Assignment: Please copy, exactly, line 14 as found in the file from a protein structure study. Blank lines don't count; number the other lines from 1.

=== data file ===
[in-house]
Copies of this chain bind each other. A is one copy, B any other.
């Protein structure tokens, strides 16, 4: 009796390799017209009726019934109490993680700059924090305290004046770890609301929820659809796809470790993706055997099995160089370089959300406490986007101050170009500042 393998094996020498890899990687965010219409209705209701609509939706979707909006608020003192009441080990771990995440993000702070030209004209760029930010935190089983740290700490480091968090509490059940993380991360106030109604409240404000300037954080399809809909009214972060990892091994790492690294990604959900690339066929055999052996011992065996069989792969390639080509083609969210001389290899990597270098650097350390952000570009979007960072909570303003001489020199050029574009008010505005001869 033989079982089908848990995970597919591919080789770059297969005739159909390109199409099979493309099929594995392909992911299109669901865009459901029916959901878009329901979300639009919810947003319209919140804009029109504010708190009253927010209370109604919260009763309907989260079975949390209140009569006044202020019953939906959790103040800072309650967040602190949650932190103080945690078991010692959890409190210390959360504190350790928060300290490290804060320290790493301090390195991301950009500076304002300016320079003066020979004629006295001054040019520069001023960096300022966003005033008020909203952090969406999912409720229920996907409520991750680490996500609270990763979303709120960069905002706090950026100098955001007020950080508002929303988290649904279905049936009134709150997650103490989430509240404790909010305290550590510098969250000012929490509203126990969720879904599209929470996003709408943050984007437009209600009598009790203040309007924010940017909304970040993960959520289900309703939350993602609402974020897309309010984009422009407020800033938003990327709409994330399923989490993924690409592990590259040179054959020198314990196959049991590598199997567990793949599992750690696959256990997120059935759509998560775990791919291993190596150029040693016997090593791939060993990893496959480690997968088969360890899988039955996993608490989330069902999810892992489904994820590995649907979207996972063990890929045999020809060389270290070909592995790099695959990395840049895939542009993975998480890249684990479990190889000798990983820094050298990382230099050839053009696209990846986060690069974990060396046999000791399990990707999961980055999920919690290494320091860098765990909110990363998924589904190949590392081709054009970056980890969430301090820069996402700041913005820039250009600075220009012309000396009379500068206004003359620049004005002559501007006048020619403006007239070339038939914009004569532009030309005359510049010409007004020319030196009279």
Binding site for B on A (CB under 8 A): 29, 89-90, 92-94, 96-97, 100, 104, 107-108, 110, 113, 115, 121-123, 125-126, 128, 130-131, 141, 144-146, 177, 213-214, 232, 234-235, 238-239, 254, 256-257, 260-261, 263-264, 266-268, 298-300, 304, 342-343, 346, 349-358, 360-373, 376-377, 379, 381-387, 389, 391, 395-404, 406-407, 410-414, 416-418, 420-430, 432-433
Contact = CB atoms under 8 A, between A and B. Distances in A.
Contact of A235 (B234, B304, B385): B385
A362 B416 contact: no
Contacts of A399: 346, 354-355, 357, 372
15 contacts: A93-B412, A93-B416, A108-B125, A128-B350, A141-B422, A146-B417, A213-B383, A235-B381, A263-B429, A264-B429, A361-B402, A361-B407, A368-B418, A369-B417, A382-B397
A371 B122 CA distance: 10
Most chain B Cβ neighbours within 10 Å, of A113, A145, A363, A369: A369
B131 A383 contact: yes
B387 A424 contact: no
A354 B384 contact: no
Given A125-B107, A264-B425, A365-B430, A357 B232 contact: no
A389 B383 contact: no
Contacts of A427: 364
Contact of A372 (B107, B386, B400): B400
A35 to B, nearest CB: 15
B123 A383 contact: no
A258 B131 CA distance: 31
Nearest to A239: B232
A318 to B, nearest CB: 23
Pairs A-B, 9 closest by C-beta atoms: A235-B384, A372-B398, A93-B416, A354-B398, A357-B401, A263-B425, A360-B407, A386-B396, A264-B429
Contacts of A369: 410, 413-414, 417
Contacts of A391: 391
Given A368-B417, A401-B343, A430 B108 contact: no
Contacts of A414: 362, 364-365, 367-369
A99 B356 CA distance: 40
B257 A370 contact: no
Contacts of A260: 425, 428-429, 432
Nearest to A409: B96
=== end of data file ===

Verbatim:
A354 B384 contact: no